Wednesday, October 20, 2010

That's Gay

Some of you may have heard, though I doubt it considering how few liberals are reading this, but apparently on October 20th, people wore purple in honor of gay rights. Let me set the stage, for those who are lucky enough to not be inundated with frivolous drama via the news.

Some time ago, a Rutgers student jumped off a bridge, presumably because his roommate set up a hidden web cam and streamed video of him having homosexual sex in his dorm room. Now, my wife assures me this is a crime, though I’m not sure how taking video of a living space you inhabit should be considered illegal.

This all got me into a long discussion about privacy. Is it an invasion of privacy to set up cameras in your own living space, which may record and transmit images of things happening when you are not even there? Personally, I would say no, because if you share space with someone else, you never truly have privacy. Take it from someone who had roommates walk in on him having sex more than once, even when a damn sock was on the door.

You cock-blocking assholes know who you are…

But what if it was a camera in a bathroom? Probably an invasion of privacy, there, but what if it wasn’t set up on the stalls, and it caught people having sex in the bathroom…

Anyway, that whole discussion grew old quick and I thought the issue was over. It’s sad that this kid killed himself due to the real or anticipated fallout of this kind of embarrassment. I wish we lived in a world where this guy could be like, “Yeah, I fucked another guy, and it was hot and you all watched it. What’s for dinner?”

But I guess we don’t live in that world yet. Shame, because I thought young people today were more tolerant and accepting of homosexuals. Most I have known are. It makes me wonder if the guy was maybe reacting like a drama queen, but I’m not ready to cross that bridge yet and say it was all in his head. He didn’t have to kill himself, though, that much I know.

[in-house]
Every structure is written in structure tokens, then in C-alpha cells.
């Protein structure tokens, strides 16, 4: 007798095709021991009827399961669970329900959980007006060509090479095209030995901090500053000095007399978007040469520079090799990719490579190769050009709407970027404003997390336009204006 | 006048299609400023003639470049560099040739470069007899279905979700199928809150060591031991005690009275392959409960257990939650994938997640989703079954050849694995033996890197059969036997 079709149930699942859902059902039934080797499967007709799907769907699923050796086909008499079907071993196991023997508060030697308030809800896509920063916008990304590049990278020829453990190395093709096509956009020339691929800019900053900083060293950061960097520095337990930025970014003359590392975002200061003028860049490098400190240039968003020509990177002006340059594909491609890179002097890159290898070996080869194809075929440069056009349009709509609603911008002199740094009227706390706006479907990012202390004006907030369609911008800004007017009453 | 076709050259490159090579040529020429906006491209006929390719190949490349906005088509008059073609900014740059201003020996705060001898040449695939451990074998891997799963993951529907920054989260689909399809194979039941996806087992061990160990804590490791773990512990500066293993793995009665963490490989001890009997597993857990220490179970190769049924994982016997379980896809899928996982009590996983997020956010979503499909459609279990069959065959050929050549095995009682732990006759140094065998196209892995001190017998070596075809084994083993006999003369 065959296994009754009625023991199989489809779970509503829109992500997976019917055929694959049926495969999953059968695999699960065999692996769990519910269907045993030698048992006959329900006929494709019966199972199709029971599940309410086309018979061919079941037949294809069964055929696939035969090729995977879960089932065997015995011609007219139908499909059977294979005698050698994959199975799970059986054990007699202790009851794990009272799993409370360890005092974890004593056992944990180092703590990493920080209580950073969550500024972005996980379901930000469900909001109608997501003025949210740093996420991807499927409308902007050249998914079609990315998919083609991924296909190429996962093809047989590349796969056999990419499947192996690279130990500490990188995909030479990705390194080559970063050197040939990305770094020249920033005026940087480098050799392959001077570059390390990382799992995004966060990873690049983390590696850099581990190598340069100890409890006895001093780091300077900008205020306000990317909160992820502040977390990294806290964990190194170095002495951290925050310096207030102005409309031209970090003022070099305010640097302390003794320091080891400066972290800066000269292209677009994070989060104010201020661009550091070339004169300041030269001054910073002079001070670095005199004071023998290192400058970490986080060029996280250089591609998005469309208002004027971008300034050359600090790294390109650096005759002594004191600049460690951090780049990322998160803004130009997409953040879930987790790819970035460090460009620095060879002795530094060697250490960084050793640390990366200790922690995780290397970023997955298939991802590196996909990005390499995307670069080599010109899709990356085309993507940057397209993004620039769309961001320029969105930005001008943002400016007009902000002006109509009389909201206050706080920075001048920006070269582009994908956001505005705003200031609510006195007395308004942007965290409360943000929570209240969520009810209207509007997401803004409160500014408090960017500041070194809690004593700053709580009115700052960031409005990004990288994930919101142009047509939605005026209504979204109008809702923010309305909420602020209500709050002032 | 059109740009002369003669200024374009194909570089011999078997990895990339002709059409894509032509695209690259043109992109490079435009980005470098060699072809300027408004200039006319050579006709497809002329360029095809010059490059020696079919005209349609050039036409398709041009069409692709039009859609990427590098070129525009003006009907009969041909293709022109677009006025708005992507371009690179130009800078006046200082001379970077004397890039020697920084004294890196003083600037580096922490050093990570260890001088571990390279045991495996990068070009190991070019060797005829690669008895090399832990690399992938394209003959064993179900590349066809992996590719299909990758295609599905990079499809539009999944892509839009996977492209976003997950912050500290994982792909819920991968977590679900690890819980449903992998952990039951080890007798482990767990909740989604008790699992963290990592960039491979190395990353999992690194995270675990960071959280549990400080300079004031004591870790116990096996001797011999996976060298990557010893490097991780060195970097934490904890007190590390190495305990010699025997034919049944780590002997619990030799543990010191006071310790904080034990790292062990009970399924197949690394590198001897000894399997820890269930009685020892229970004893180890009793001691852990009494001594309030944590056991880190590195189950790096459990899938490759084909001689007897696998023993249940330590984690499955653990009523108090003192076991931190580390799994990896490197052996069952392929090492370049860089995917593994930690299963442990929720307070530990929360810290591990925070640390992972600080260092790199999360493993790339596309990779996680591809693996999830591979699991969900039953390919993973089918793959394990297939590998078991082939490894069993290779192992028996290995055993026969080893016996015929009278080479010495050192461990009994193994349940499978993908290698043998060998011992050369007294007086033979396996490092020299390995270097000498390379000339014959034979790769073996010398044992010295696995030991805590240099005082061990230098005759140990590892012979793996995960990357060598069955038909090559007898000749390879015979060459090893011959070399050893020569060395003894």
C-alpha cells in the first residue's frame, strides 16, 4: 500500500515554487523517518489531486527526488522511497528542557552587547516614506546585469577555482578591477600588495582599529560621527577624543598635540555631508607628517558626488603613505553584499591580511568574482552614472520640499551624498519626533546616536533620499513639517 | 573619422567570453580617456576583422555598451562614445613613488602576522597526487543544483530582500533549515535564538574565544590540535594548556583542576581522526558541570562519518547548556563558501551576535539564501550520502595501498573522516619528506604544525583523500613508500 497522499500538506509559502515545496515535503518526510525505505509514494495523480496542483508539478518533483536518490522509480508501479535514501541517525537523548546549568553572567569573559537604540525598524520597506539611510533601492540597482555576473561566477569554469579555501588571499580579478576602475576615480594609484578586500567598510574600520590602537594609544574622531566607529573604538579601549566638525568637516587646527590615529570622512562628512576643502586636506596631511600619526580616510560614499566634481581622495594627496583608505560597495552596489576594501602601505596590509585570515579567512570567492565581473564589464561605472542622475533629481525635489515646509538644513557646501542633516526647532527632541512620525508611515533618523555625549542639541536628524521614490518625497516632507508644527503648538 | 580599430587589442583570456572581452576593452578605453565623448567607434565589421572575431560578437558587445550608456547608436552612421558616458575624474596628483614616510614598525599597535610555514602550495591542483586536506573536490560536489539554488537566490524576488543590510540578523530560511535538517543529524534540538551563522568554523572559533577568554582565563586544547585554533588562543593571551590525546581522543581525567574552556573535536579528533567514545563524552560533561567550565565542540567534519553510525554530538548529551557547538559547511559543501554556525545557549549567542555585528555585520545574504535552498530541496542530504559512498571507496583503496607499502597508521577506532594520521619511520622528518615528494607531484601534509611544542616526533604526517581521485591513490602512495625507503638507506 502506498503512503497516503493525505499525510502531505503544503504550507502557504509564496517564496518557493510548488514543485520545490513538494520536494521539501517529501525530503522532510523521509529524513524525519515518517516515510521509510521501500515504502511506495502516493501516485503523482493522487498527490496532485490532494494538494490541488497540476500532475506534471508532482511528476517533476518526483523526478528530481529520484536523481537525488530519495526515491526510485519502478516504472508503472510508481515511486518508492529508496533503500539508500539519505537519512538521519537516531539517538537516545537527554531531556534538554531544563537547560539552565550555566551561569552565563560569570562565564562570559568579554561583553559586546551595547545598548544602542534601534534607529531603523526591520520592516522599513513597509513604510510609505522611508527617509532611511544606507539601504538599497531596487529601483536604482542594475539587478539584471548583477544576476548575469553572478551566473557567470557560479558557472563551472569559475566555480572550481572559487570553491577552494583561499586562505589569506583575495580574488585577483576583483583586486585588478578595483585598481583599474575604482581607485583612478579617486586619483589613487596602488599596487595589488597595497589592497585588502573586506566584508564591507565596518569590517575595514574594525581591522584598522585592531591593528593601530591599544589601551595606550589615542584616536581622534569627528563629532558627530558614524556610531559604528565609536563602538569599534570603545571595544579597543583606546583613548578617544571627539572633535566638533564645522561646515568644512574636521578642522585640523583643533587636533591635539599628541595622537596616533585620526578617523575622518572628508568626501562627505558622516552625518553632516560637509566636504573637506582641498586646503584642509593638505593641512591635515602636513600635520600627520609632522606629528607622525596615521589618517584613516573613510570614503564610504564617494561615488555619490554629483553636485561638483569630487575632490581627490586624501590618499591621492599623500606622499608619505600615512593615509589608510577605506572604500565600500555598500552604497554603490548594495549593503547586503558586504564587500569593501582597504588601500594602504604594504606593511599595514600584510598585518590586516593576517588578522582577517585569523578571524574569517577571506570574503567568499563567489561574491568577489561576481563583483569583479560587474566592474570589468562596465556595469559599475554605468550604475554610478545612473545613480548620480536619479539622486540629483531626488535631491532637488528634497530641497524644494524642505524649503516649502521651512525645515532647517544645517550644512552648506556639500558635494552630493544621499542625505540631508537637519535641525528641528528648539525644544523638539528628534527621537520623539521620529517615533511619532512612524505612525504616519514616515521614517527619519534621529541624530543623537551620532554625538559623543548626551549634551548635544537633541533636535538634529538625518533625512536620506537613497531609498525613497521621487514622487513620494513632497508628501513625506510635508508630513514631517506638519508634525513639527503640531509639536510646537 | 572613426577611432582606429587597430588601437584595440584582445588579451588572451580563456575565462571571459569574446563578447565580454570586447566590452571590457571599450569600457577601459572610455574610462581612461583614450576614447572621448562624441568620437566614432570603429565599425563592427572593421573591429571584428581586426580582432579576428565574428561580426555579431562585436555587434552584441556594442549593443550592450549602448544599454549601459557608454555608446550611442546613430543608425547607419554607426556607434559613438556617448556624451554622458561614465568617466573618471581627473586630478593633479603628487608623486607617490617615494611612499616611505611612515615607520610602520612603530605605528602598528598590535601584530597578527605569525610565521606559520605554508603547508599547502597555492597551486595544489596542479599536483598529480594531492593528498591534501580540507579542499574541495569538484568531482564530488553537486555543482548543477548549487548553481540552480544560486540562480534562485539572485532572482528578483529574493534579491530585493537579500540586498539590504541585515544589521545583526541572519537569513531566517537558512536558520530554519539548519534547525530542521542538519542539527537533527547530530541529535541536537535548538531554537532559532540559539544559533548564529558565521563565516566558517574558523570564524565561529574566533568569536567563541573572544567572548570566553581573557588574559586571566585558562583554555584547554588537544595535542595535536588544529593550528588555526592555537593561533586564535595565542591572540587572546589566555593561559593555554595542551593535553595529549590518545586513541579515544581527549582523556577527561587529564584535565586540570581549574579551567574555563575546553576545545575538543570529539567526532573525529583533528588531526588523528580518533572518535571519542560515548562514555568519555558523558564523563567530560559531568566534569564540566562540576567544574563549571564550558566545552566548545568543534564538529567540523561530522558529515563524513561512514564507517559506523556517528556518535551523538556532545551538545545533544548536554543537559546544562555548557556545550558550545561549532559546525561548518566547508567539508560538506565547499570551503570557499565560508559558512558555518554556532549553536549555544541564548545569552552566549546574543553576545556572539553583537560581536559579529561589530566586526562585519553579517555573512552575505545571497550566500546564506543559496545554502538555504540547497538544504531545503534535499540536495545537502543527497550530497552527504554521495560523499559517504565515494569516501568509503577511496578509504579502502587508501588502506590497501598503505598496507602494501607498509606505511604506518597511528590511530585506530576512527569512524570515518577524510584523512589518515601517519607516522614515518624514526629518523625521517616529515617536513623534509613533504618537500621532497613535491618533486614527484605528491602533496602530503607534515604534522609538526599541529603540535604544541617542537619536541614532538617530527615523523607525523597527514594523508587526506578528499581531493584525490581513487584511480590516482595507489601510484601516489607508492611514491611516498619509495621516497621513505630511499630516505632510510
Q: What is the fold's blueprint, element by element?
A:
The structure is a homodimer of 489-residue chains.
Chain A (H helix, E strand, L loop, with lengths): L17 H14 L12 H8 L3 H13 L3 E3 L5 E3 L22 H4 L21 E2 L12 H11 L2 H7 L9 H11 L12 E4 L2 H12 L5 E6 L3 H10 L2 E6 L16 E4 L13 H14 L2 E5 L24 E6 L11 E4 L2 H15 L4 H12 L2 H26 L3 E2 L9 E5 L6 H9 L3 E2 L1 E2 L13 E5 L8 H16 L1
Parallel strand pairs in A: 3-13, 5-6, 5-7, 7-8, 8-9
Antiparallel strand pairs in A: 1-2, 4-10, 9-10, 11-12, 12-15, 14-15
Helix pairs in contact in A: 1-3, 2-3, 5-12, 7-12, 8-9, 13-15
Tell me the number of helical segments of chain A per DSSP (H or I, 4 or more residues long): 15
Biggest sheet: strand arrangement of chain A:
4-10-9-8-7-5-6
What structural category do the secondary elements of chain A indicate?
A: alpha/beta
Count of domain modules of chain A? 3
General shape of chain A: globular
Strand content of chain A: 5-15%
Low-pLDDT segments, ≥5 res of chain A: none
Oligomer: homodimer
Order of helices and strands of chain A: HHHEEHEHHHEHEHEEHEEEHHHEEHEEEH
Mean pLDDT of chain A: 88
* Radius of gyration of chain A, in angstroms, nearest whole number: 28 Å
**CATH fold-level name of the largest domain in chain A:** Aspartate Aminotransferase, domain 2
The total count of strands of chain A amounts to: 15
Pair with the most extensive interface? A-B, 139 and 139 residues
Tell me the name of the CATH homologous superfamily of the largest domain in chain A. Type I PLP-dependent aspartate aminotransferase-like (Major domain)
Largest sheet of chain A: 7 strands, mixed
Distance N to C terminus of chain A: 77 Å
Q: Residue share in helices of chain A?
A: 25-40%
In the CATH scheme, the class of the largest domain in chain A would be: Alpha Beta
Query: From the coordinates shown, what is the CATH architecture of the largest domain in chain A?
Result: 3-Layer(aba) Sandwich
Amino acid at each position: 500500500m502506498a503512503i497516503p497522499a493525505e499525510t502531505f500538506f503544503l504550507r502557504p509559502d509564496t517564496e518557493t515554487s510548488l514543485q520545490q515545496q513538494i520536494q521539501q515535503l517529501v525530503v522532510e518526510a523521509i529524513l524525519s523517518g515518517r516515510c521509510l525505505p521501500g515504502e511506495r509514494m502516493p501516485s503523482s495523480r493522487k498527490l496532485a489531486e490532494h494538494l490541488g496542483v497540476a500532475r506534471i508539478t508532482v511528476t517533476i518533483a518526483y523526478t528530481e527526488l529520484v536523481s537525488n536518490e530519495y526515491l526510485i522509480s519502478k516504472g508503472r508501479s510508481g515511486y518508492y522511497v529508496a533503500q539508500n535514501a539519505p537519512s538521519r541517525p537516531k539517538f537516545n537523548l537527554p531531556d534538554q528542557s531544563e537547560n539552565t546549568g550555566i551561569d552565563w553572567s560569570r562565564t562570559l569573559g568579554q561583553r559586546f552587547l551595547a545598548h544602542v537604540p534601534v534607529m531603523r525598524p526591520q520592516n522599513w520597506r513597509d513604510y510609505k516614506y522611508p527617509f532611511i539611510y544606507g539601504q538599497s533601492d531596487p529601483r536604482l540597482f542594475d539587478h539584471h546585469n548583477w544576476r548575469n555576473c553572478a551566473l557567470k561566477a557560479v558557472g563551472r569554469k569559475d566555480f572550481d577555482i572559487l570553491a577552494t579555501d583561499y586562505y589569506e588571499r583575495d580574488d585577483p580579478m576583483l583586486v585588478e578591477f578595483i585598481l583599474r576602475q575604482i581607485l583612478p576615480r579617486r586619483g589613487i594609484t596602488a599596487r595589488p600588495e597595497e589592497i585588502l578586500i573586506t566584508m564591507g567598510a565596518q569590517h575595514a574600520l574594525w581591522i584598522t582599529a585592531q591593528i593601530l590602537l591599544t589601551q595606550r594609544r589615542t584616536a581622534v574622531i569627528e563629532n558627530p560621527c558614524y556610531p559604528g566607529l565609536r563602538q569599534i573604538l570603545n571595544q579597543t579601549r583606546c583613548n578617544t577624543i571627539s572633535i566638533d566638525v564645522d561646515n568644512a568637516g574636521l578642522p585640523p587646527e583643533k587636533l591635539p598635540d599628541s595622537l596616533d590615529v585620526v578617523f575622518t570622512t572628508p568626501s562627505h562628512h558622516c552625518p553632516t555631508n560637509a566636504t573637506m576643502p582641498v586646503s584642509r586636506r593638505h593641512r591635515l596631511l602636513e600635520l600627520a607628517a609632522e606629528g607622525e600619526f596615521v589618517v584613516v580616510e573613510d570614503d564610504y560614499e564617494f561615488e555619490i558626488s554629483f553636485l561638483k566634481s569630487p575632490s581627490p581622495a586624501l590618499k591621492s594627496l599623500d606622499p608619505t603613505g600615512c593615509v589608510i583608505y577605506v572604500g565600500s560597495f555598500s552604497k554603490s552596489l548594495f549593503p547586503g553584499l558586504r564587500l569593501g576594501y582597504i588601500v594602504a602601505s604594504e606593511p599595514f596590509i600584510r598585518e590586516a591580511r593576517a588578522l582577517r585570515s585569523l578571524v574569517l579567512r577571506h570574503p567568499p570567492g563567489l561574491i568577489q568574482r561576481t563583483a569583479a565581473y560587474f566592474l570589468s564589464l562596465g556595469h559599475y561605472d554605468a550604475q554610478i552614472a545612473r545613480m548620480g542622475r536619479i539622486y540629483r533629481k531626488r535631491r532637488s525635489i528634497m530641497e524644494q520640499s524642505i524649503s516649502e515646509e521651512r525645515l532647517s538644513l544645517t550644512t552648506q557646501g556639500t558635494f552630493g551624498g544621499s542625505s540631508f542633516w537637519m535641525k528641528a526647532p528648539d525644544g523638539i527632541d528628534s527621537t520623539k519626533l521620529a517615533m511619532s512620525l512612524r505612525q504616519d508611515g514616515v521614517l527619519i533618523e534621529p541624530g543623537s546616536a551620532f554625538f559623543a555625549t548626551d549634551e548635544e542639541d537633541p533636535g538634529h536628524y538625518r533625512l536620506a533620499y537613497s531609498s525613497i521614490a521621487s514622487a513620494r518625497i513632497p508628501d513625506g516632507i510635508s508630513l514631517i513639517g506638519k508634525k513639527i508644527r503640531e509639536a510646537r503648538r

Then some Texas politician who is gay made some statement about how “It gets better,” or that is the thesis and slogan being taken from it. I don’t actually see how it gets better for someone who is gay and living in Texas, but I’ll take his word on it. It’s a good message, and I hope young people who find themselves attracted to people of the same sex don’t kill themselves over it.

Then something stupid happened: people decided that wearing purple on October 20th would make themselves feel better. Somehow by wearing purple, tolerance would catch on and gay people would be a little more free. The exact mechanics of it have yet to be explained to me, however.

Now, I always oppose rituals. I find them to be stupid, meaningless, and often counter productive. Rituals are generally empty and self-comforting actions taken by someone too lazy and stupid to actually do something tangible. Like, “Oh, my pet is lost… rather than go out and look for him, I’ll light a candle and pray to St. Francis.” If your pet shows up at your doorstep, you tell yourself it worked. If they never turn up, you buy a new pet and tell yourself “they’re in a better place,” no responsibility necessary.

And that’s what this “Wear Purple” crap is: it’s lighting a candle and chanting some words to yourself in order to feel like you’ve done something. This impromptu, gay version of St. Patrick’s Day (I assume they’re punching anyone not wearing purple) is not helping.

Let’s get real. The people who participate in these kinds of “demonstrations” aren’t the problem. It’s not people who already accept homosexuality that need to be reached, so this ambiguous system of coded symbols isn’t doing a damn thing. Besides, I thought rainbows and triangles were gay, what does purple have to do with anything? Is it because royalty wears purple and gay people are called “queens?” I don’t get it.